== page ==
Puebla is the capital of the Free and Sovereign State of Puebla, one of Mexico’s 32 official states. It’s a large city, the fourth biggest in the country, and thanks to a plethora of beautifully preserved colonial architecture, it’s a UNESCO World Heritage Site.
What was once a stopping point on the trade route between Mexico City and the ports at Veracruz has bloomed into a vibrant city center bursting with culture, hospitality, and history. The food is magnificent, the sites beyond colorful, and the shopping… well, let’s just say that if you’re into handmade wonders or know someone who is, you’ll want to bring an extra suitcase. Or two. Make it three and drag a friend along to help carry. You’re welcome.
Book a Room
You wouldn’t think a former water-bottling factory would make a good hotel, but La Purificadora proves us all wrong. Original structural details and peeling paint provide a fascinating counterpoint to more luxe furnishings and high-end amenities like a spa, library, and rooftop pool.
Colonial chic abounds at Hotel Casa de la Palma. The location is hard to beat, with Puebla Cathedral, the Palafoxiana Library, and tons of restaurants just a stone’s throw away. Each of the 16 rooms are spacious and decked out differently with furnishings that emphasize the city’s heritage.
Everything feels much more sleek and modern at Hotel Frida. Centrally located and somewhat sparsely furnished, the property feels clean and fresh with private balconies and bathrooms but few other frills. Perfect for a pared-back experience that’s still comfy and welcoming.
Dine & Drink
Start your day at Tagers, believed by many to have the best breakfast in Puebla. The menu is diverse, with chilaquiles listed side-by-side with American-style hotcakes and a caprese omelet. Nosh on pastries and coffee while you wait for the main event.
Grab lunch from a taqueria or other hole-in-the-wall joint — it’s cheap and it’ll be some of the best eats you’ll have on this trip (or maybe any trip ever). There are plenty to choose from, but it’s hard to pass up the al pastor and green avocado tacos at Taquería Los Ángeles and La Choripaneria’s overstuffed chorizo sandwiches — a popular Argentinean street food —draped in three kinds of cheese.
From a hospital for women to a school to a restaurant/art gallery, Casa Barroca has undergone quite the evolution. Today the stunning architecture and showcases of regional artists have to compete with mouthwatering dishes that epitomize what internationally influenced Poblano cuisine is all about. Another tradition-based eatery: Mural de los Poblanos. Get local twists on quesadillas and tacos or go all out with a platter of roasted insects — all chosen according to what’s in season, of course. And whatever you do, don’t forget the mole.
See the Sights
Estrella de Puebla is a giant Ferrish wheel somewhat like the London Eye. It’s especially fun at night, when the city’s glittering lights shine up through the bottom of the glass cars.
The Amparo Museum houses one of the most significant collections of Mexican art in existence, including pieces from pre-Hispanic Mexico through the colonial period and right into modern examples. You’ll see a wide range of artifacts, some several millennia old, and an interactive, multimedia displays that bring ancient wonders into the 21st century.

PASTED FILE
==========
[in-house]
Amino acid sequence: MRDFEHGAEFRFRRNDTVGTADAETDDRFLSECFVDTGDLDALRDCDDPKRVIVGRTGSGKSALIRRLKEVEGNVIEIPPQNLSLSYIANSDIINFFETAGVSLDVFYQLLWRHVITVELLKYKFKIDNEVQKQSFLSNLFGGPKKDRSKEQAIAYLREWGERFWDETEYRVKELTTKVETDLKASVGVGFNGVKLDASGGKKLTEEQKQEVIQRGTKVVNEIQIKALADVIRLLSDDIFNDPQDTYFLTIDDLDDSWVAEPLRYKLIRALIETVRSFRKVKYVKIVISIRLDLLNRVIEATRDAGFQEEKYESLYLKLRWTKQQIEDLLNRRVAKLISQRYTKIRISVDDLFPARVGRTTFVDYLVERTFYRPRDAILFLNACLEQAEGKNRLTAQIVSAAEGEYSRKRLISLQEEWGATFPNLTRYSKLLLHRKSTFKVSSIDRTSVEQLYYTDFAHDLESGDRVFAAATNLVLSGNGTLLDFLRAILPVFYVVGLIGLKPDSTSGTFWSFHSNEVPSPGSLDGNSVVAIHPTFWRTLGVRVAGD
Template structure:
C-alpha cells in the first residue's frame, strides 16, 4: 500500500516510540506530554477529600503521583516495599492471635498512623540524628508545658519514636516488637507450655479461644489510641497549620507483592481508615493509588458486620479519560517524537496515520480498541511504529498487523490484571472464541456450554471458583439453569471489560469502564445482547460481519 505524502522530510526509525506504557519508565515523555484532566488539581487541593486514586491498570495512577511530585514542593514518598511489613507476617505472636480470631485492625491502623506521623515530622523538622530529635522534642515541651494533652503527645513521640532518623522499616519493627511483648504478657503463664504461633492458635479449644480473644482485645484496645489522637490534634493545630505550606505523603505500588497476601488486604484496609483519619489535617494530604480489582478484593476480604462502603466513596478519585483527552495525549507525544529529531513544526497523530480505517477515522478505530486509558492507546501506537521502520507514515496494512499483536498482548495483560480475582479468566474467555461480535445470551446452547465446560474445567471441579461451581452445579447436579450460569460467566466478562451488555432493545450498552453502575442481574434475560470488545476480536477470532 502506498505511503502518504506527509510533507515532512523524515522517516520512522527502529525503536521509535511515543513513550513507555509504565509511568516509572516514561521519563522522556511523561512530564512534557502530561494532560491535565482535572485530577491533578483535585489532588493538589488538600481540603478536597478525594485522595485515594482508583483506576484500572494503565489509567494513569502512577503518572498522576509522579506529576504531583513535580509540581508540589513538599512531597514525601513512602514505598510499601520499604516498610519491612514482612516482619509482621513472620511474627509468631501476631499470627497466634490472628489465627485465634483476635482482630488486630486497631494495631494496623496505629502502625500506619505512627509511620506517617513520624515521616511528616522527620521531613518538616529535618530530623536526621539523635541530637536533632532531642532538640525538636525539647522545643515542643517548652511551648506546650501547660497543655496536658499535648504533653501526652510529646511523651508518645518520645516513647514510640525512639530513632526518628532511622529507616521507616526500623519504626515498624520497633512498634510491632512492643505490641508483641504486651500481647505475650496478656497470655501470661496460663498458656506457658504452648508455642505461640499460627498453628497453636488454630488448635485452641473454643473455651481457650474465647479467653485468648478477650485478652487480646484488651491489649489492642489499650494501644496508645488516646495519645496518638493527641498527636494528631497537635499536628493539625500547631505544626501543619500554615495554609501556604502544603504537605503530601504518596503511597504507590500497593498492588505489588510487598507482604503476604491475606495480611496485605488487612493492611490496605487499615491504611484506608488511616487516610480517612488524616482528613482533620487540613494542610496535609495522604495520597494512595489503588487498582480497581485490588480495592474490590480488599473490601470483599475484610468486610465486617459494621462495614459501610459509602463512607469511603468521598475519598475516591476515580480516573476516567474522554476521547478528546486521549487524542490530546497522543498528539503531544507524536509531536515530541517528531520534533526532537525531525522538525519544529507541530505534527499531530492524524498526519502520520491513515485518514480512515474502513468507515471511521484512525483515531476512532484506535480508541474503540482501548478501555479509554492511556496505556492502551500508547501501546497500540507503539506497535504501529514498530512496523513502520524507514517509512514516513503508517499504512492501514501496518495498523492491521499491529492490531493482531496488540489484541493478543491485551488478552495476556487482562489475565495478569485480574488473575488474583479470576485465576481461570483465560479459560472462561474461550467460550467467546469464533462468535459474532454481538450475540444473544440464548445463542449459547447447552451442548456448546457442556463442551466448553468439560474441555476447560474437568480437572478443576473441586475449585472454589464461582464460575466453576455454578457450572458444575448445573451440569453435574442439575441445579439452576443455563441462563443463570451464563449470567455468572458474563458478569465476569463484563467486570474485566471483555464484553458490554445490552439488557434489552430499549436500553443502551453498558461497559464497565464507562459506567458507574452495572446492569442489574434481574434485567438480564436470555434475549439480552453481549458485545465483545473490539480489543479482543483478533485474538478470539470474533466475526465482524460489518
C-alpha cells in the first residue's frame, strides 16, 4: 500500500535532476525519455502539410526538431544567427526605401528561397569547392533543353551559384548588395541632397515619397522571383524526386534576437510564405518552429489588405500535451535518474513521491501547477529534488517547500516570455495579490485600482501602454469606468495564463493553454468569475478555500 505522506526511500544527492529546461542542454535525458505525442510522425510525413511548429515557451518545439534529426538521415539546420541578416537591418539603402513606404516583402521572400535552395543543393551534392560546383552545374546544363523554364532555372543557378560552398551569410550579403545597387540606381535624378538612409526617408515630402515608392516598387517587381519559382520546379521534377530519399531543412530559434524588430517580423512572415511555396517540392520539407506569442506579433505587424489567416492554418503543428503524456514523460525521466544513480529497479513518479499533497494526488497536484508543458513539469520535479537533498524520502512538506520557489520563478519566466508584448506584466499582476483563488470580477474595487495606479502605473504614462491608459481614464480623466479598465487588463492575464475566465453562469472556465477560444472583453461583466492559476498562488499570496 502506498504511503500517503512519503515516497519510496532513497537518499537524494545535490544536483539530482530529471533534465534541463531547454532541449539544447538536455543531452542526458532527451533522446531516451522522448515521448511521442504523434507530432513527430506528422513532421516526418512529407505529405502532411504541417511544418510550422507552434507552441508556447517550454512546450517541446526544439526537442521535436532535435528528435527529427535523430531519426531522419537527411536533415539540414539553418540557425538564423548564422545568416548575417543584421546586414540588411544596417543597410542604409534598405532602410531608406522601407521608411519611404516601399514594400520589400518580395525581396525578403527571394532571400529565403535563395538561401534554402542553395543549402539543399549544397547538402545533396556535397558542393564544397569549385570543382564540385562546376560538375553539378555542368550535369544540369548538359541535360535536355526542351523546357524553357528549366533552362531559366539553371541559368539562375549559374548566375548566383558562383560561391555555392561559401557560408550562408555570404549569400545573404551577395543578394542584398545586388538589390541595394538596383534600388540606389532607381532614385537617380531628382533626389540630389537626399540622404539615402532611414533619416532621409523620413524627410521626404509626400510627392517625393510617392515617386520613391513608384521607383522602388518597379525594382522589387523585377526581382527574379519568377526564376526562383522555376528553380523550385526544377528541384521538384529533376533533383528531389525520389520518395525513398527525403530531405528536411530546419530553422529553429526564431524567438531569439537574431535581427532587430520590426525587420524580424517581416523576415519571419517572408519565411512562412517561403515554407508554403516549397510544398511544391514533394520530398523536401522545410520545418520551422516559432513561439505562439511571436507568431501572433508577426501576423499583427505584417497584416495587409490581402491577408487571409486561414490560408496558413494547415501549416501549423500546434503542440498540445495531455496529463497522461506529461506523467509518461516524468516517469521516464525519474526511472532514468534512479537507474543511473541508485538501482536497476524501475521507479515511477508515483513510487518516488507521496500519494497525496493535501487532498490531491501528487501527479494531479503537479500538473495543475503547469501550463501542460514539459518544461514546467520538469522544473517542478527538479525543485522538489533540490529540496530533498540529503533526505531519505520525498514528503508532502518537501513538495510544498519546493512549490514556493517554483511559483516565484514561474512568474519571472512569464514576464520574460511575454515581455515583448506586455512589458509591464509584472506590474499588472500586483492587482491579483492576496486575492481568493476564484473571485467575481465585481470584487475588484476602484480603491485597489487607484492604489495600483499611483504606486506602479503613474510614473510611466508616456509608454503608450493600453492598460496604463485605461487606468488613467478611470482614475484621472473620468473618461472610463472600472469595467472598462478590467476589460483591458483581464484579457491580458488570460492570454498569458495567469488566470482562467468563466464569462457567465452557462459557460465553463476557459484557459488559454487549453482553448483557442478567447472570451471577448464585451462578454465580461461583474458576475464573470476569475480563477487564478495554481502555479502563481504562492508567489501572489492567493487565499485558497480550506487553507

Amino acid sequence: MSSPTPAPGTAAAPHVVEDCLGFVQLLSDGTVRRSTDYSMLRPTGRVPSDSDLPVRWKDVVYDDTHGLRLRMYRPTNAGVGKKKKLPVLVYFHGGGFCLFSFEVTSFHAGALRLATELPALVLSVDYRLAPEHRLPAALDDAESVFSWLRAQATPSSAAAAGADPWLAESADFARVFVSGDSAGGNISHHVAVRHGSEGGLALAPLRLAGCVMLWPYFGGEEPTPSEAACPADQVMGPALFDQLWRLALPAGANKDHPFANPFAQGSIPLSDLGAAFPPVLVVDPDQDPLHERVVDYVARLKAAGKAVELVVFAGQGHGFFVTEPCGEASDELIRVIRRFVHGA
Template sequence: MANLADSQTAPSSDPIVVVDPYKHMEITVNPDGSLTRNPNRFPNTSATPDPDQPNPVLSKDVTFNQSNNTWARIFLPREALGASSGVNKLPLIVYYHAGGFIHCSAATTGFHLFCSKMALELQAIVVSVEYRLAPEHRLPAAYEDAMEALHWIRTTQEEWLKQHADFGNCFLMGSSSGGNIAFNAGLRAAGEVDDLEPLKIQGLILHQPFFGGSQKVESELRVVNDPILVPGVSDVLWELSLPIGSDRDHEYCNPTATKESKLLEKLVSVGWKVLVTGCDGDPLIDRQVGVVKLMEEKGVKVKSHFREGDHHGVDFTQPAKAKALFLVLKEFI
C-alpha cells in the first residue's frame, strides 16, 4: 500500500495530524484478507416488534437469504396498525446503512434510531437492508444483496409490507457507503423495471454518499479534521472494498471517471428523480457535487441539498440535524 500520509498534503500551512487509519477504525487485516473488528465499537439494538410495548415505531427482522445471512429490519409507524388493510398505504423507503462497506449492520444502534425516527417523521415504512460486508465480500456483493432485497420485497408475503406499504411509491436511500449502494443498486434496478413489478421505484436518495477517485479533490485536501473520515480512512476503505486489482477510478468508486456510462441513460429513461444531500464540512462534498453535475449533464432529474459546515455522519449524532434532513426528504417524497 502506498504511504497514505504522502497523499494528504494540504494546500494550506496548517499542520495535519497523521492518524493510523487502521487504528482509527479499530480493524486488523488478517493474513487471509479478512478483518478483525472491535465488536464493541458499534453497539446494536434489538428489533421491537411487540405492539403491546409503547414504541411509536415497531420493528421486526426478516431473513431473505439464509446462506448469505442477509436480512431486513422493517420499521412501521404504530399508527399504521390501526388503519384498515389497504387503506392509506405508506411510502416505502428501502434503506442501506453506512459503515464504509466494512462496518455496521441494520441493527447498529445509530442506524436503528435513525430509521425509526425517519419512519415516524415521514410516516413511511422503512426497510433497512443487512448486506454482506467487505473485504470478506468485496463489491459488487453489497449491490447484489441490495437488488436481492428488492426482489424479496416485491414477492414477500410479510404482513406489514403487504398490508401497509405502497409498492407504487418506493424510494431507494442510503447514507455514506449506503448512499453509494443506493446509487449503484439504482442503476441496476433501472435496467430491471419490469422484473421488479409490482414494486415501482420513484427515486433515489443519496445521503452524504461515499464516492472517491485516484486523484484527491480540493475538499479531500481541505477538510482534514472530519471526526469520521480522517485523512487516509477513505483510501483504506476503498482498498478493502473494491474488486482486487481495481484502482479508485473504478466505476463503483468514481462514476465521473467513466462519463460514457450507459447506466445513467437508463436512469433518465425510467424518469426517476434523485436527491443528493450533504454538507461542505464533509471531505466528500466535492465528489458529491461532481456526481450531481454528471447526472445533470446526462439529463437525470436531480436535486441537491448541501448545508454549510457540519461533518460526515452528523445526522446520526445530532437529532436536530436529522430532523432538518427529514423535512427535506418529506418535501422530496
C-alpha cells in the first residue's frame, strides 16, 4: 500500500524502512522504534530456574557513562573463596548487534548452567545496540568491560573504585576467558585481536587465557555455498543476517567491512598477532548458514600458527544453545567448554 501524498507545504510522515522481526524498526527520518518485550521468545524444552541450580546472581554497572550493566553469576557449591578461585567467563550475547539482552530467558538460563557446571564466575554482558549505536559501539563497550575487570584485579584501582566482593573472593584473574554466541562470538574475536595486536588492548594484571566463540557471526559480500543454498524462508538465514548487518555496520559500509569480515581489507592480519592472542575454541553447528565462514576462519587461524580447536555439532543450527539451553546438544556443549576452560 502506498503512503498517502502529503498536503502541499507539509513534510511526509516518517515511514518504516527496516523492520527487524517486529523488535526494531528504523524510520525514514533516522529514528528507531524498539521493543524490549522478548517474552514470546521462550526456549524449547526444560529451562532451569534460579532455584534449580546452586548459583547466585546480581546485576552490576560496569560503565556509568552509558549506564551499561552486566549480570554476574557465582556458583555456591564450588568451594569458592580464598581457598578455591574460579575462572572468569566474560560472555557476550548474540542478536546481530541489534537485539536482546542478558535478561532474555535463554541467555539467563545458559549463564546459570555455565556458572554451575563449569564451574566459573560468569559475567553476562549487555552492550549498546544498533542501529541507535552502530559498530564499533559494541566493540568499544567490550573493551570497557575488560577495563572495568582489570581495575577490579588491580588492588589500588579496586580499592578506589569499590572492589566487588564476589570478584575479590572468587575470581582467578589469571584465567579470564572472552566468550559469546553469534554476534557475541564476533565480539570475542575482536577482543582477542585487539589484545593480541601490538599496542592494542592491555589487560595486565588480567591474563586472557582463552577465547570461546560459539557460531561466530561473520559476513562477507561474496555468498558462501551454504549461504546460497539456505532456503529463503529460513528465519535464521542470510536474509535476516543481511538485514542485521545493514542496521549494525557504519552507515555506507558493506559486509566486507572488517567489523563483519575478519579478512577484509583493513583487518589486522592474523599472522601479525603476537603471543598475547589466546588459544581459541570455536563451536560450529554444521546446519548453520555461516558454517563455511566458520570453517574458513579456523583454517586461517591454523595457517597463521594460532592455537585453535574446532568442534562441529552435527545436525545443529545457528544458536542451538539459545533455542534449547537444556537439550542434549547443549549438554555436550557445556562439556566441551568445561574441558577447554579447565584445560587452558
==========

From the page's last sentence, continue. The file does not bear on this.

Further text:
The Amparo Museum houses one of the most significant collections of Mexican art in existence, including pieces from pre-Hispanic Mexico through the colonial period and right into modern examples.
The Museo Internacional del Barroco stands in startling contrast to Amparo, in no small part due to the sweepingly contemporary building designed by renowned Japanese architect Toyo Ito. The property is stuffed with Baroque art bathed in natural light.
It’s a short trip to the Zona Arqueológica de Cholula, an archaeological zone that includes several pyramids, one with a tunnel right through the center. There are numerous other structures to explore, a church, and some stunning views of Puebla, the nearby volcanoes, and Cholula.
Win all of Instagram with your pictures from the Capilla del Rosario, AKA the Rosary Chapel. The word “breathtaking” is bandied about to often, but it definitely fits here. Every surface of the ornate chapel is covered in gold stucco and intricate reliefs as well as works by painter José Rodríguez Carnero.
Stop & Shop
While the rest of the city is still revving up for the day, The Mercado Central de Cholula is gloriously alive with activity. Shop for fresh locally grown fruits and vegetables or grab snacks like handmade tortillas wrapped around slow-roasted sheep, chicharrones, and sugar-dusted pan de muertos.
Uriarte Talavera pulls double duty as a pottery workshop and store. Grab tiles or teapots for the people at home — you’ll have a hard time finding these beauties in your local MegaMart. There’s a similarly special feel to the Callejon de los Sapos (Alley of the Frogs) a cozy street lined with antique stores with street performers adding an extra appeal each evening.
What to Know Before You Go
- The Best Way to Travel: Fly into Mexico City International Airport, then take a bus to Puebla, about a two-hour trip if you snag a seat on the express.
- When to Go: Cinco de Mayo is a huge event in Puebla, but also one of the hottest months. Rainy season runs from June through the beginning of September, so go between January and April or October to December or pack your galoshes.
- Local Currency: Peso
- Native Language: Spanish
- Plan To: Carry cash, unless you want to spend your time searching for working ATMs and eating at your third-choice restaurant because the first two wouldn’t take credit.
- Here’s a Hint: Leave your OCD tendencies and need for punctuality at home. If a store opens at 10, it really won’t be ready for shoppers until 10:15 or 10:30, and breakfast starts sometime after 8 (if you’re lucky).